“Stupid is as stupid does” – The criminal classes

Smuggler Morteza Farakesh was convicted of possessing $2m worth of morphine during a layover at Kennedy Airport. According to the prosecutor Farakesh was on his way to California and could have picked a less Customs-intense airport but chose to make his connection there in order to take advantage of an Alitalia super-saver fare. [New York Daily News, 26-5-95]

At a September hearing for Charles Hocq, accused of battery in Springfield, Illinois, Judge Roger Holmes asked Hocq the standard questions to determine how much his bail should be (e.g., do you have any family in the community?). Hocq said he didn’t understand the question. Holmes then asked the direct question: “If I made the bail amount lower, would you flee the area and not come back for trial?“ According to the Springfield Journal, Hocq replied, “I would.” Holmes then doubled the proposed bail, to $250,000. [Springfield Journal, 22-9-95]

Johnny Lee Nichols, 25, was arrested in Rogers, Arkansas, and accused of knocking on doors of several homes around 3 a.m. and asking if anyone was interested in exchanging drugs or sex for some dynamite he had in his car. [Northwest Arkansas Times-AP, 10-8-95]

Police in Ft. Worth, Texas arrested a man just after he robbed a Nations Bank branch. Cops were waiting because a bank customer had walked next door to police headquarters to summon them after becoming suspicious that a man was waiting in a bank line wearing a ski mask. [St. Petersburg Times, 14-12-95]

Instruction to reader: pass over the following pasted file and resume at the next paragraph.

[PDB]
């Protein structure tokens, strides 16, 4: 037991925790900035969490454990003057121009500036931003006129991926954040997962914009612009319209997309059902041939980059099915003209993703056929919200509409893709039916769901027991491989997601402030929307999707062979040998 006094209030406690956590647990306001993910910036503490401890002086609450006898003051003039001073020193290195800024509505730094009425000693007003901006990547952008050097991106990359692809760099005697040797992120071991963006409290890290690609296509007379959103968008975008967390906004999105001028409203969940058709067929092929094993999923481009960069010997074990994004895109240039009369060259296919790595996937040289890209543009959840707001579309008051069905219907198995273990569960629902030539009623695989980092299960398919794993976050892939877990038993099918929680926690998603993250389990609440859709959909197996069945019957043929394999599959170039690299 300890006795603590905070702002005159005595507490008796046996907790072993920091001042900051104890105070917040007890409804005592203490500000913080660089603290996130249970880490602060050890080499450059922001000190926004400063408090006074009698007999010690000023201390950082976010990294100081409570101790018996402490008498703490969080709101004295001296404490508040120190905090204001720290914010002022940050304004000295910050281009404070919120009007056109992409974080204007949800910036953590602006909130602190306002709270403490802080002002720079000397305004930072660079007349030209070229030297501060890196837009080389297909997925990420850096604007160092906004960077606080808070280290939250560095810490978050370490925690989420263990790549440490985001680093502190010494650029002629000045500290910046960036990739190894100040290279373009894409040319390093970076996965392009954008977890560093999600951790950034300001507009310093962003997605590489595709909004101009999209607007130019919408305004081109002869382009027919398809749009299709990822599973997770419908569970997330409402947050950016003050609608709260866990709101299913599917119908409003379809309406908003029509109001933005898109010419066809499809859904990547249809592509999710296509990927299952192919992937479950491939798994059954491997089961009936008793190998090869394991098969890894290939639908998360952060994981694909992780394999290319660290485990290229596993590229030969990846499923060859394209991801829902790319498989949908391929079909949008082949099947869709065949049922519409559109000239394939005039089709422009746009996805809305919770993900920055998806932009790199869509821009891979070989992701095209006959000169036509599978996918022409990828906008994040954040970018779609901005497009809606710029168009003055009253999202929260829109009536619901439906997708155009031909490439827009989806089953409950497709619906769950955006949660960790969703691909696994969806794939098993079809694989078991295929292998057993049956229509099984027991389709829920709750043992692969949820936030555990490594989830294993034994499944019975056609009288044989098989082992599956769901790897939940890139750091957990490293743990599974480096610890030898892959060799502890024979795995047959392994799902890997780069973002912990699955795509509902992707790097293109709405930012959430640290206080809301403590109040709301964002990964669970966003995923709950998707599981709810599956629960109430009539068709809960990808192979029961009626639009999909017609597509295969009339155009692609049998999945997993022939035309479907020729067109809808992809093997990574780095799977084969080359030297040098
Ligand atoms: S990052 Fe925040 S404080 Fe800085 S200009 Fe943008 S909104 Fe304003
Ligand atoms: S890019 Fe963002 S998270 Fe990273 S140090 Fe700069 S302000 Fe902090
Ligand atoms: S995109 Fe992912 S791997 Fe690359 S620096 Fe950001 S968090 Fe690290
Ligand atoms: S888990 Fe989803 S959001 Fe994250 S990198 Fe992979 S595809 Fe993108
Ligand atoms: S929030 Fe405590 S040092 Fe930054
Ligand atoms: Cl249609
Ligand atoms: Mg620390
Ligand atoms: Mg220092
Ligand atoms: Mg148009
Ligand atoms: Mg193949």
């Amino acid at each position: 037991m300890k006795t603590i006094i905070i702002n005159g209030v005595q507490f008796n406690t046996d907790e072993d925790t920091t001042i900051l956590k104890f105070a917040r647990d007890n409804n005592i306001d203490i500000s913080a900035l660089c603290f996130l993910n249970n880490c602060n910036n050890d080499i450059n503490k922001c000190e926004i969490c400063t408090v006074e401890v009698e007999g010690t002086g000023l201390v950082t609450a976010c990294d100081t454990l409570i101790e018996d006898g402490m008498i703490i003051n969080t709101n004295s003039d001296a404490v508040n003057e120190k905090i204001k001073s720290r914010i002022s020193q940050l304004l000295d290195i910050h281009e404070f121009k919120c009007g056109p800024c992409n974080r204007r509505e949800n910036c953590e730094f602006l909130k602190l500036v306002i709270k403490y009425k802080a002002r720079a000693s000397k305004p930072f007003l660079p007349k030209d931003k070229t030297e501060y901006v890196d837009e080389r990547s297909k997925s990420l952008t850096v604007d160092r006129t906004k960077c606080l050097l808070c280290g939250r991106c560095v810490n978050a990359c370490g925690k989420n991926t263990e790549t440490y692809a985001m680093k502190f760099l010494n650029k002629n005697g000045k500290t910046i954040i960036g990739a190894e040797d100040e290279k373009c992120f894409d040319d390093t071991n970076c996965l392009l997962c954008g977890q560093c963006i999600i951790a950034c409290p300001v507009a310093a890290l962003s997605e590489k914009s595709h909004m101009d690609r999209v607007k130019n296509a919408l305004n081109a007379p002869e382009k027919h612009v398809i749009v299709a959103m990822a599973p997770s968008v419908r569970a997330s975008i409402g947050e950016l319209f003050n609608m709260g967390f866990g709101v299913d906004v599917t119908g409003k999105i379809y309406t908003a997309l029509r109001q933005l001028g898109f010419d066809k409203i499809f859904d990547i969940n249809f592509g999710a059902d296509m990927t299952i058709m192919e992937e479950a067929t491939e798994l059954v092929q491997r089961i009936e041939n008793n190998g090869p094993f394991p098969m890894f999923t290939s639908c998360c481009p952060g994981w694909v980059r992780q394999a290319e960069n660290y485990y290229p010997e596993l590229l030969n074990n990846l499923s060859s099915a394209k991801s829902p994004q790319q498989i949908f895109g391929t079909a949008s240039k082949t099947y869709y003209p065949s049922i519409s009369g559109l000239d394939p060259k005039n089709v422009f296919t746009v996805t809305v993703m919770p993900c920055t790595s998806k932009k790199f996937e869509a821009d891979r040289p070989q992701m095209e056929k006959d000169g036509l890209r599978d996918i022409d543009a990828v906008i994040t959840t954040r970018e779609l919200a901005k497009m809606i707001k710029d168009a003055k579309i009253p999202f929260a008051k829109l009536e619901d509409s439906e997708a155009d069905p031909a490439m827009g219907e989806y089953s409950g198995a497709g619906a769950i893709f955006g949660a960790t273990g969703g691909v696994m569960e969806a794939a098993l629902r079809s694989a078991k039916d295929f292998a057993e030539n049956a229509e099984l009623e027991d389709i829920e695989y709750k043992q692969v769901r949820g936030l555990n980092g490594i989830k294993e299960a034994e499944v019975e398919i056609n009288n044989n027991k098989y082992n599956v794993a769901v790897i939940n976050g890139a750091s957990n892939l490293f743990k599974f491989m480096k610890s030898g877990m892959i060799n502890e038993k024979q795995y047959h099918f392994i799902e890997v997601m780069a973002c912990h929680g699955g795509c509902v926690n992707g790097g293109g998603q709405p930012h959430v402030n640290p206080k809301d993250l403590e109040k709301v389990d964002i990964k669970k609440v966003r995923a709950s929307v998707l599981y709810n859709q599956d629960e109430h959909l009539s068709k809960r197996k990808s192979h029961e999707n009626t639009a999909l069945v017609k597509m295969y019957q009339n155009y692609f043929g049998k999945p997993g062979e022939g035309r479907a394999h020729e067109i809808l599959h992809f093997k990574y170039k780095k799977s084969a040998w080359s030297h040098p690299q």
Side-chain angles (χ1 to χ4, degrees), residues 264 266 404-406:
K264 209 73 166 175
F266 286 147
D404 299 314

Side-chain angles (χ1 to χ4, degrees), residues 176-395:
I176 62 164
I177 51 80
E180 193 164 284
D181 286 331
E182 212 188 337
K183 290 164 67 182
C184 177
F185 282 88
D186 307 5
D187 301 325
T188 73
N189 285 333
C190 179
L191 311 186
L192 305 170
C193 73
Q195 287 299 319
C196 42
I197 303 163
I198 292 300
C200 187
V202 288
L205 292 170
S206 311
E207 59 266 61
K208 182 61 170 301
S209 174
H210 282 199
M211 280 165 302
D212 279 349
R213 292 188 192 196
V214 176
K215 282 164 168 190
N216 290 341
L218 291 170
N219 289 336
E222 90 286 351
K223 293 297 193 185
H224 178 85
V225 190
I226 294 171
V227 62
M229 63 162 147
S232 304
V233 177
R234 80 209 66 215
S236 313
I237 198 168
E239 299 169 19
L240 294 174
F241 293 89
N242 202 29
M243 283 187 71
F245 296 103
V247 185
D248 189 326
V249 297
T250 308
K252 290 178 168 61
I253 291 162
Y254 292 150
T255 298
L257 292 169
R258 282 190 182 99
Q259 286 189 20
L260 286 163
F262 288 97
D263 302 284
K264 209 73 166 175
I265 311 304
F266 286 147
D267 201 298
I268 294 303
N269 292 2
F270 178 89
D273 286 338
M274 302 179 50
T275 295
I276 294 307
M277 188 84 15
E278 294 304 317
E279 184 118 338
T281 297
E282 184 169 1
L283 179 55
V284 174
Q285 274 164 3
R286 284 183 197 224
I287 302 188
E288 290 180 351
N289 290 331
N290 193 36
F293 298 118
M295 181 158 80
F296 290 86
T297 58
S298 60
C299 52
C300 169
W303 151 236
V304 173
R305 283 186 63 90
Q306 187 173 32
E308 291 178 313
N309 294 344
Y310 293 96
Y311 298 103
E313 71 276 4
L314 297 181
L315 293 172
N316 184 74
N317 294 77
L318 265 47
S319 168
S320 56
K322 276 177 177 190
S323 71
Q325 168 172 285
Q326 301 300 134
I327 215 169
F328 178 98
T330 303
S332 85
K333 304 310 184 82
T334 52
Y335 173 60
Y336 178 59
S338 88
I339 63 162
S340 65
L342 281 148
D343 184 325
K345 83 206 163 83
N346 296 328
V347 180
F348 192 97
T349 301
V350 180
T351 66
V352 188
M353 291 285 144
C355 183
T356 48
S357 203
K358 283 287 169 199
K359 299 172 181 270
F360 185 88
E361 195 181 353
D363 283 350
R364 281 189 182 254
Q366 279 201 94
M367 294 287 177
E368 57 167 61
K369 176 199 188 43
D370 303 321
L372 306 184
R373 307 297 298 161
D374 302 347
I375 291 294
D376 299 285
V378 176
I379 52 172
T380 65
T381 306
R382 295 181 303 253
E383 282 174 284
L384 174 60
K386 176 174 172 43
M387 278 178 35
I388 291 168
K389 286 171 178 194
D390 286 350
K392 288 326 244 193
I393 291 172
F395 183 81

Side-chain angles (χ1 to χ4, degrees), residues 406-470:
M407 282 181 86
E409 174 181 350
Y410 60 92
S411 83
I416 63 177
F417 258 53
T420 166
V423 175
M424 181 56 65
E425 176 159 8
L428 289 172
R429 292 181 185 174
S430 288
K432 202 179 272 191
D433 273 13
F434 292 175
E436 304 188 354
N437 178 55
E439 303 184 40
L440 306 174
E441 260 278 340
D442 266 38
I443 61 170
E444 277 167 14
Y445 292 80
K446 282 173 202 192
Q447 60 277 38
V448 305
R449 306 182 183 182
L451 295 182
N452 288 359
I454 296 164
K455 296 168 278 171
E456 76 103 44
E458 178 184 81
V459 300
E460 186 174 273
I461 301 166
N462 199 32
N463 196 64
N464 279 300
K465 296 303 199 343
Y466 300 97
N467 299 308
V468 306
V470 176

Juan Morales, 18, and Juan Mendoza, 18, were arrested as they robbed a Coastal Mart convenience store in Weslaco, Texas. Police had been tipped off to the crime because the cashier on duty the day before reported that the two men had threatened to “come back and rob you” the next day. [Valley Morning Star, 30-11-95]

Pittsburgh – MacArthur Wheeler, 46, received 24 years in prison, a conviction made possible by clear photography from the bank’s surveillance video. Wheeler and his partner did not wear masks, and in fact were not concerned about the camera at all, because they had rubbed lemon juice over their faces beforehand believing this would blur their images. [USA Today, 8-1-96]

Dallas, Texas – an 18-year-old dockworker at Roadway Express was arrested at a local Western Union and charged with forgery after improperly trying to cash a check made out to his employer. The man produced a photo ID that gave his name as Mr. “Roadway V. Express.”  After questioning him, the Western Union manager said, “Okay, Mr. Express, I’ll be right back [with the money],” but went into another room and called police. [Houston Chronicle, 31-3-96]

Little Rock, Arkansas – Donterio Beasley, 19, called a police station to say that he was stranded and needed a ride downtown, but the dispatcher told him that was against policy. A few minutes later, Beasley called back to report a suspicious person loitering around a phone booth and gave a description of himself, believing that police would come, give him a ride downtown for questioning, then release him. He was charged with making a false alarm. [Dallas Morning News-AP, 7-8-95]